The 2011 North Vegas is a pure C-shape kite that embodies radical new-school riding and delivers the precision feel needed to stomp today's most technical tricks and challenge tomorrow's limits. A nocompromise design that delivers massive pop, steady pull and a predictable, direct turning radius. Get set to pull the trigger and launch yourself into massive mega-loops or unhook with confidence into a mobe, aided by a rock-solid pull and unmatched steadiness. Delivering high de-power with the widest range of use, this is still a C-kite primed for full-on powered wake-style. Want a kite that provides style and conviction without compromise? You've just found it.
TEST TEAM NOTES:
North's fifth element bar is one the industry's longest serving models. Robust, neat and tidy it has always inspired confidence in terms of strength, comfort and safety. The cleat above the bar is super smooth and easy to make quick adjustments, but two slight niggles of the system on the water are that sometimes the fifth line tends to rest in the cleat at times and, on relaunch, the fifth line doesn't slide through the chickenloop as smoothly as it might when feeding it back through for relaunching. But these are only slight imperfections that actually take nothing away from the overall enjoyment and performance of the kite. North have definitely got their freak on with the Vegas this year – it's lairy! The old boys might question the need for swearing on the canopy, but the initial impressions of it are good. It's very C shaped with fairly square wing-tips. Perhaps the kite looks more high-aspect than traditional C kites, but the freestyle pedigree is apparent from the off. Now, brace yourself: there's no one pump on the Vegas... but we actually quite liked that on such a top end performance kite!
Usually we moan like the rest of you at having to put in any extra effort before hitting the water, but straight away we could get the struts pumped up rock hard, something that rarely happens with most one pump systems. North have also introduced a new valve system with a sliding lock over the top of the nipple which work very smoothly. Plus, the selfsealing valve itself worked perfectly every time for us. So with a nice, solid kite, there are two set-up settings on the kite freestyle and standard. We took it out on the standard setting first... On those first sessions the Vegas felt light with lots of depower and good drive towards the front of the window. The bar pressure is light but comfortable and the kite really is simple to fly straight away. There's plenty of oomph for sent jumps and the hang-time is impressive, not dropping you quickly out of the sky after you've reached your peak. If anything, the turning was more pivotal than we'd imagined it could be on the Vegas, especially in the kite loops in this standard setting, but overall the kite flies with a silky smooth and refined feeling. Sent jumps are simple, no issues at all and it'll do everything you ask of it very well. Slightly less grunty than the Torch in the standard setting, it's very easy, fun and, again, this has that extra level of performance over most Delta / hybrids. The kite's basic setting was tested when we took a more focussed wakestyle board out with bindings and more rocker. The increased drag from the board meant that loading up for a trick sent the kite just too far forward in the window to get the pop you'd want for powered wake tricks.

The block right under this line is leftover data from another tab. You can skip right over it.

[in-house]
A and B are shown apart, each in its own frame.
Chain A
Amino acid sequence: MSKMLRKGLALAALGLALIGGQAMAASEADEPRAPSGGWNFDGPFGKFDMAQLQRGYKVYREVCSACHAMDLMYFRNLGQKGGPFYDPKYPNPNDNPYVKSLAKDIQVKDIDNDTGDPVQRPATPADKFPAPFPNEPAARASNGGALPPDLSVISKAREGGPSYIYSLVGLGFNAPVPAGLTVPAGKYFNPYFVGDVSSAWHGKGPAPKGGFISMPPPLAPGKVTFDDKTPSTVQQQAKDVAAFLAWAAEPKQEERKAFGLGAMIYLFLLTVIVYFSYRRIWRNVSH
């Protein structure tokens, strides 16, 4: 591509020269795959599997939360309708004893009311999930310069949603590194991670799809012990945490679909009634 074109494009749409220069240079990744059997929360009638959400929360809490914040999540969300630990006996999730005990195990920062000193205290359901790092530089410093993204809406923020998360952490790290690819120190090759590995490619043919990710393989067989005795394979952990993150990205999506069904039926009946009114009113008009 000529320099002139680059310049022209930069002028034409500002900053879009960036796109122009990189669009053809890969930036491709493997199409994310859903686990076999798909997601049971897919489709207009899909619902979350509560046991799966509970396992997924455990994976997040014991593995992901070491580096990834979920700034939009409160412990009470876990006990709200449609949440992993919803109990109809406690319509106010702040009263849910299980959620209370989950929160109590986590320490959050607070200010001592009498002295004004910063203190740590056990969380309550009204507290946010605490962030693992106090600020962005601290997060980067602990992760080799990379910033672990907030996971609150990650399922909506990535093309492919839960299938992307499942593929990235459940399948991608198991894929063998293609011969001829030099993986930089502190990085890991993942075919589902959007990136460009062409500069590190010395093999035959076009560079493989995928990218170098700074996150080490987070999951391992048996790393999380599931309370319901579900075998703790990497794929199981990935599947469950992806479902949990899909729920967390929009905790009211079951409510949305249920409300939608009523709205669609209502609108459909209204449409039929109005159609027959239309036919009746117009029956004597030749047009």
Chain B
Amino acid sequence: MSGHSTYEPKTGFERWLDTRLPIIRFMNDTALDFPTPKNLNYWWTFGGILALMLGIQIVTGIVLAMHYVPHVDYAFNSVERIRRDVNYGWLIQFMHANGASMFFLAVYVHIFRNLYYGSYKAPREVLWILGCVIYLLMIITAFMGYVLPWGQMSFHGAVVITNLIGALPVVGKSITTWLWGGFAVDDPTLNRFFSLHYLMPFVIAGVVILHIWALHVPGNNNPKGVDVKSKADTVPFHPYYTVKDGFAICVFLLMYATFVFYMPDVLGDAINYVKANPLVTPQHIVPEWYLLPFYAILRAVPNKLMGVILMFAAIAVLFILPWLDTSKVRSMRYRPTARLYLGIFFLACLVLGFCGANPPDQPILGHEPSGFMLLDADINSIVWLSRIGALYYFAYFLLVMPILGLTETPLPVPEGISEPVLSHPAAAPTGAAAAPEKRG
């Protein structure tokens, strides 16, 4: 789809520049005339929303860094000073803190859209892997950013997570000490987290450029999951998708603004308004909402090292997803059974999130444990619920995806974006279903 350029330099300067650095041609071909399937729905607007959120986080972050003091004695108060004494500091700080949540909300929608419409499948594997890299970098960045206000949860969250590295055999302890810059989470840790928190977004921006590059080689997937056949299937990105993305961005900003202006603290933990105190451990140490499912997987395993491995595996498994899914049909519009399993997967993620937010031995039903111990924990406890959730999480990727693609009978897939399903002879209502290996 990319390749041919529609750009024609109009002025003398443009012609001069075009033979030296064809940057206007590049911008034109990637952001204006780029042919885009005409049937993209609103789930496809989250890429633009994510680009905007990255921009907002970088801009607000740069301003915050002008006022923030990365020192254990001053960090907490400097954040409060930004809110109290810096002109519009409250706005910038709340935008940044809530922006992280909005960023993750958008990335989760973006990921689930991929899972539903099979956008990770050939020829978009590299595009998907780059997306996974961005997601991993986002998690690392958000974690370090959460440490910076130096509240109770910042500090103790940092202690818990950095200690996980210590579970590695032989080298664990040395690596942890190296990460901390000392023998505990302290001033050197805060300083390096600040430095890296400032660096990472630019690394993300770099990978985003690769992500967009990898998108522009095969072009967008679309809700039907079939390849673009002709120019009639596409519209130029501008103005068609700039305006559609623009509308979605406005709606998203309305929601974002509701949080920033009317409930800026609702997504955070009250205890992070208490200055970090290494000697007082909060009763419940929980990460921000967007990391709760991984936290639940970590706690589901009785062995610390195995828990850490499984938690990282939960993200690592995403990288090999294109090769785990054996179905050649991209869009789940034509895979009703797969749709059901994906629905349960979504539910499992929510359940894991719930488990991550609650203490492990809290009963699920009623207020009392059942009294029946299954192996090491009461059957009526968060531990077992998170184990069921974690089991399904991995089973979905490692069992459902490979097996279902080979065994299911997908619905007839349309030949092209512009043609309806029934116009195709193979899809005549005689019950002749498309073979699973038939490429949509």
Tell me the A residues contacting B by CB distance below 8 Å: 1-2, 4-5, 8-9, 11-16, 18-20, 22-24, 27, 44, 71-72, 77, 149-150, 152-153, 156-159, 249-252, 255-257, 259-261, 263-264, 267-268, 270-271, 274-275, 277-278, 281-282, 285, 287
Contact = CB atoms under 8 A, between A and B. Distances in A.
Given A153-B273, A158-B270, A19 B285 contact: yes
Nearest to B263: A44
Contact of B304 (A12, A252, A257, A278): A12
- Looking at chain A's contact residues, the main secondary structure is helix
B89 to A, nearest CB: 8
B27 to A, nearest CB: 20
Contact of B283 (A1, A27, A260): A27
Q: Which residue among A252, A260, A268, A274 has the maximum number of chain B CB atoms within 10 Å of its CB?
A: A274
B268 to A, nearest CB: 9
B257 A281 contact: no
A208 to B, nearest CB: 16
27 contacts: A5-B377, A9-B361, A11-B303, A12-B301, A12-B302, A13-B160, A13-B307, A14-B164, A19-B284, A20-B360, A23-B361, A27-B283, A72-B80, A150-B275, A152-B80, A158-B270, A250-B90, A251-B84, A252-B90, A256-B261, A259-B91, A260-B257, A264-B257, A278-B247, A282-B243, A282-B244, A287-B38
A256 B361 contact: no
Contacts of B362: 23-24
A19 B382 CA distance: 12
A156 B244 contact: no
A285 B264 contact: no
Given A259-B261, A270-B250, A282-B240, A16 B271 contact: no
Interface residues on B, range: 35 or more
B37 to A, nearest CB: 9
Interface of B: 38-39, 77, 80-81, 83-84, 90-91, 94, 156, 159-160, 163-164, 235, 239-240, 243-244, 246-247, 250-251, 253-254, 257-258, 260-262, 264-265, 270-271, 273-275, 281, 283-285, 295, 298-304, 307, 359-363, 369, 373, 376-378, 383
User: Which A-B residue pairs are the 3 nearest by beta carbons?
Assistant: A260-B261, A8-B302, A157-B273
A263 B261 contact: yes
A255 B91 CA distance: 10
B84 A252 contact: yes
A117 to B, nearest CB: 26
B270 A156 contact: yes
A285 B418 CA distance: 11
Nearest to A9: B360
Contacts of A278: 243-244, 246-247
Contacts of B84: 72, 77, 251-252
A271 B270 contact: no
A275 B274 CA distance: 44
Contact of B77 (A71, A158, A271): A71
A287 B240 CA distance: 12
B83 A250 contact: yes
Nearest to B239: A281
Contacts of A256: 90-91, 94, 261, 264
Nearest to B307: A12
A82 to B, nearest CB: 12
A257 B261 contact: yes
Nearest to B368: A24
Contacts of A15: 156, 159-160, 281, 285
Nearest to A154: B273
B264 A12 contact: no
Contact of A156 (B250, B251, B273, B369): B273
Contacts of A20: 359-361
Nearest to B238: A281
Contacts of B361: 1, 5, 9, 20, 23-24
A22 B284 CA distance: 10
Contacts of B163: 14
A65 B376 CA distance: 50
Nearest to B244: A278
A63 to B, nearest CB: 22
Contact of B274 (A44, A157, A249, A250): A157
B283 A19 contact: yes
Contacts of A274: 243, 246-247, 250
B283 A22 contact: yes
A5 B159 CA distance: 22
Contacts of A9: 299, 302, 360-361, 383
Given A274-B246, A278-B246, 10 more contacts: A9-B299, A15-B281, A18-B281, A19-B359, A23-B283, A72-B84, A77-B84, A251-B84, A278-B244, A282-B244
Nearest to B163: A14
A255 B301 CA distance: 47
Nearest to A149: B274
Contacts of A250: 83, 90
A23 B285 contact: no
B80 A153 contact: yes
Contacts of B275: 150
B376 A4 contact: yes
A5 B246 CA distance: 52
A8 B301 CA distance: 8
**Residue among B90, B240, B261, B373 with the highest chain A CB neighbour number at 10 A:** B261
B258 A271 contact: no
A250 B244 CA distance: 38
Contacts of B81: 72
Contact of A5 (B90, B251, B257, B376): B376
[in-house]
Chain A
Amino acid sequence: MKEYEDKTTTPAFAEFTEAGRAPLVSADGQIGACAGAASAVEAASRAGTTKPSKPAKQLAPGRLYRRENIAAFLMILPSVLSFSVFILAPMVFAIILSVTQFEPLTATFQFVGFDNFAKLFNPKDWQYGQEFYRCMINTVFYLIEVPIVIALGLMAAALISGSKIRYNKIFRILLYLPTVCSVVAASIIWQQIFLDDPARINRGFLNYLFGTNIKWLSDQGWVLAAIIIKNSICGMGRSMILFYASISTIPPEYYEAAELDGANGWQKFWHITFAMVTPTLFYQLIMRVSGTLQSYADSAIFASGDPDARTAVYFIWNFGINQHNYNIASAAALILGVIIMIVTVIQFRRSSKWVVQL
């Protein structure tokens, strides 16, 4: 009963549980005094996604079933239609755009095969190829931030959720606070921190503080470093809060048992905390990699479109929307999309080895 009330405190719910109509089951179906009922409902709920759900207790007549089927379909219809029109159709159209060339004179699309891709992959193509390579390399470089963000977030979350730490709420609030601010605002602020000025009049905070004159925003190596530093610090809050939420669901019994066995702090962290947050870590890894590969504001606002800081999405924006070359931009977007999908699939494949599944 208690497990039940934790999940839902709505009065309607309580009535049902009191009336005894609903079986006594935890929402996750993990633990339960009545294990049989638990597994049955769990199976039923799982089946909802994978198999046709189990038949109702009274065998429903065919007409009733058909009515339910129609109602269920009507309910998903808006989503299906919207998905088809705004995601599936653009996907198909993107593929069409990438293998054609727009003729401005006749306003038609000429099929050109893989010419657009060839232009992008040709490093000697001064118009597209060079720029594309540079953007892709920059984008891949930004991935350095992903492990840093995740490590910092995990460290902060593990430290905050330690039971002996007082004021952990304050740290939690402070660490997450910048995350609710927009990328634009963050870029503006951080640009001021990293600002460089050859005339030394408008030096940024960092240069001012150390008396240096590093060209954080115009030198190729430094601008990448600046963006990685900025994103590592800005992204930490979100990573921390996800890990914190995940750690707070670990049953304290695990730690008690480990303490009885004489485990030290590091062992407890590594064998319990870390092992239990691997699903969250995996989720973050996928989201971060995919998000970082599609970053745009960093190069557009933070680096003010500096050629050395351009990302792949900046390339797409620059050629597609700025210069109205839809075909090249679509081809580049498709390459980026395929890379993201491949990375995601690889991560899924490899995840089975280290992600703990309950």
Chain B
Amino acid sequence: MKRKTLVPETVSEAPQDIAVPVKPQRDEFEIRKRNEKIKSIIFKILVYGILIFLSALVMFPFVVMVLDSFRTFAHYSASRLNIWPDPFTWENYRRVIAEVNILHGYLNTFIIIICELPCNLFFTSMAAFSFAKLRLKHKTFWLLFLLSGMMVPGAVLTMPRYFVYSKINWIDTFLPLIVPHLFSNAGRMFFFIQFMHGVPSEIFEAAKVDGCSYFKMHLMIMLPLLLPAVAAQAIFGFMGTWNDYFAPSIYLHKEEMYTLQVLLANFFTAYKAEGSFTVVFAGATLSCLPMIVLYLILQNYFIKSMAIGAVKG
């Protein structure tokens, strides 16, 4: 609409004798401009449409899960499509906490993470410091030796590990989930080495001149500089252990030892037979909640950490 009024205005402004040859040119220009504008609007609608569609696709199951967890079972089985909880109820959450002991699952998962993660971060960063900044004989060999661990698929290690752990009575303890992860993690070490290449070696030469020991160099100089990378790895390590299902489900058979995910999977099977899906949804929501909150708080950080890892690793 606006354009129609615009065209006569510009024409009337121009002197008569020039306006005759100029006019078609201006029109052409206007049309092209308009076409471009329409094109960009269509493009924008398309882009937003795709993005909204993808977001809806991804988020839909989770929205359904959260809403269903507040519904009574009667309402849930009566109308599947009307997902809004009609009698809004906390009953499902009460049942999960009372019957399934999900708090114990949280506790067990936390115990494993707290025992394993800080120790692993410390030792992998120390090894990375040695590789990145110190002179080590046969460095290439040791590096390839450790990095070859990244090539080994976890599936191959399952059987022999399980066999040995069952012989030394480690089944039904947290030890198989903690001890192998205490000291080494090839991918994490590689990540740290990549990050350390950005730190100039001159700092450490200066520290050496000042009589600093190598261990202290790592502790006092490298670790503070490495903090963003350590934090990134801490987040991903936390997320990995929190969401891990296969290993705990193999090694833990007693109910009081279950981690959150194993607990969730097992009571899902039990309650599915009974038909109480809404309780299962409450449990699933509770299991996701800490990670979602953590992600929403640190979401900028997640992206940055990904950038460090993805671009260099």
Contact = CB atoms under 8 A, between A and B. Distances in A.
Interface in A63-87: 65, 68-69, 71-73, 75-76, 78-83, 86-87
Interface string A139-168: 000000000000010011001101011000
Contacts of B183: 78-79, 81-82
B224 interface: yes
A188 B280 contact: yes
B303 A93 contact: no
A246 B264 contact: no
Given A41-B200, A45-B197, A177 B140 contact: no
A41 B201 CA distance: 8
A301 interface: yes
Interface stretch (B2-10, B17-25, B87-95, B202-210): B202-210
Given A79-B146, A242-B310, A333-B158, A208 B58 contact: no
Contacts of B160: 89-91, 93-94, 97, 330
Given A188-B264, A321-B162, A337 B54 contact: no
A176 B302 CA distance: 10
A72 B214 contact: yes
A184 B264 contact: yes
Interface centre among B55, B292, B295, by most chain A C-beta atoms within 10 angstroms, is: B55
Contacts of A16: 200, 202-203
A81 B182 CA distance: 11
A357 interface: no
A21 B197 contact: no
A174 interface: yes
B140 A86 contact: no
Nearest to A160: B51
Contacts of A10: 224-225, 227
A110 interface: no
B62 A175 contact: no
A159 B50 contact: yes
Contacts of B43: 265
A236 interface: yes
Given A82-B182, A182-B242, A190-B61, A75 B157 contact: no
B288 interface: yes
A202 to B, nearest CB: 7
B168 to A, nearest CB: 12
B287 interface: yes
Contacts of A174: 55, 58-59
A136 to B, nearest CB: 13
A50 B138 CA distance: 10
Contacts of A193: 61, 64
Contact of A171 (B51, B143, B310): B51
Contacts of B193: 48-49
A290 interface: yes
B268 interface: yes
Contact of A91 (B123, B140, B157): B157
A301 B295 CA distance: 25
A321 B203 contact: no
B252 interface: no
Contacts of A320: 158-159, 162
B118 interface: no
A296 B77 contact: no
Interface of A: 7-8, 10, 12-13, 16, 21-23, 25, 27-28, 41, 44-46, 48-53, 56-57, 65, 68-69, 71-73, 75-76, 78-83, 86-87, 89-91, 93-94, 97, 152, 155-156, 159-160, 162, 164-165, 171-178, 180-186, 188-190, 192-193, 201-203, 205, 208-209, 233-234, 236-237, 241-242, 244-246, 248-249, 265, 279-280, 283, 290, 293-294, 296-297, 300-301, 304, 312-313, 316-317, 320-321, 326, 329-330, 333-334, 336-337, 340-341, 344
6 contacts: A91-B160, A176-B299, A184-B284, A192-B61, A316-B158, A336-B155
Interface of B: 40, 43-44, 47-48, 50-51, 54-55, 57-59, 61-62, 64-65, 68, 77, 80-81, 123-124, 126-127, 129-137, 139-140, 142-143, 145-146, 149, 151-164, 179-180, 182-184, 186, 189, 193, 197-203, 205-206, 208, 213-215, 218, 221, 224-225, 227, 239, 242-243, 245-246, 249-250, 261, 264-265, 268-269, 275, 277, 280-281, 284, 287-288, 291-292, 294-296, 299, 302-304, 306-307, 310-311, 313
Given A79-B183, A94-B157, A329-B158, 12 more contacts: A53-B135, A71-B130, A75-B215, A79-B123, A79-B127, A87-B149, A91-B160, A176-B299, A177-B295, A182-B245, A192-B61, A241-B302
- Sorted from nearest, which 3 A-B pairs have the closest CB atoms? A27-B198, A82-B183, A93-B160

On a faster twin-tip it had behaved brilliantly, so we came in to switch to the freestyle setting, moving the front line attachment points back towards the tips. The kite immediately sat back and complimented the slower, more powered and aggressive riding style. The turns were much slower, more drawn out and powered. For unsent tricks and grabs it continued to pull at a lovely, steady angle, rather than drifting too far forwards and losing power. We then went back to straps in this setting and there was just a bit too much power to ride comfortably and get the most out of the kite or board. The ability to hold more power in bindings really worked with the grunt from the kite in its 'Bruce Lee' mode. Back in regular mode the pivotal turns, good forward speed and depower also make the Vegas a handy and accomplished tool in the waves.
In standard mode the Vegas is surprisingly manageable and easy-to-use for a topend performance kite, instilling confidence ridden in and out of the hook. Doing so many jobs so well, if you want to freestyle, hack at some waves and get into riding unhooked or in boots then this will work for you on every level, plus, it's bomb proof.
Unexpectedly suited to a huge number of riders.
KW WOULD CHANGE:
Slightly sticky fifth line on relaunch.
SIZES: 14, 12, 10, 9, 7 and 5m
This test is in issue #48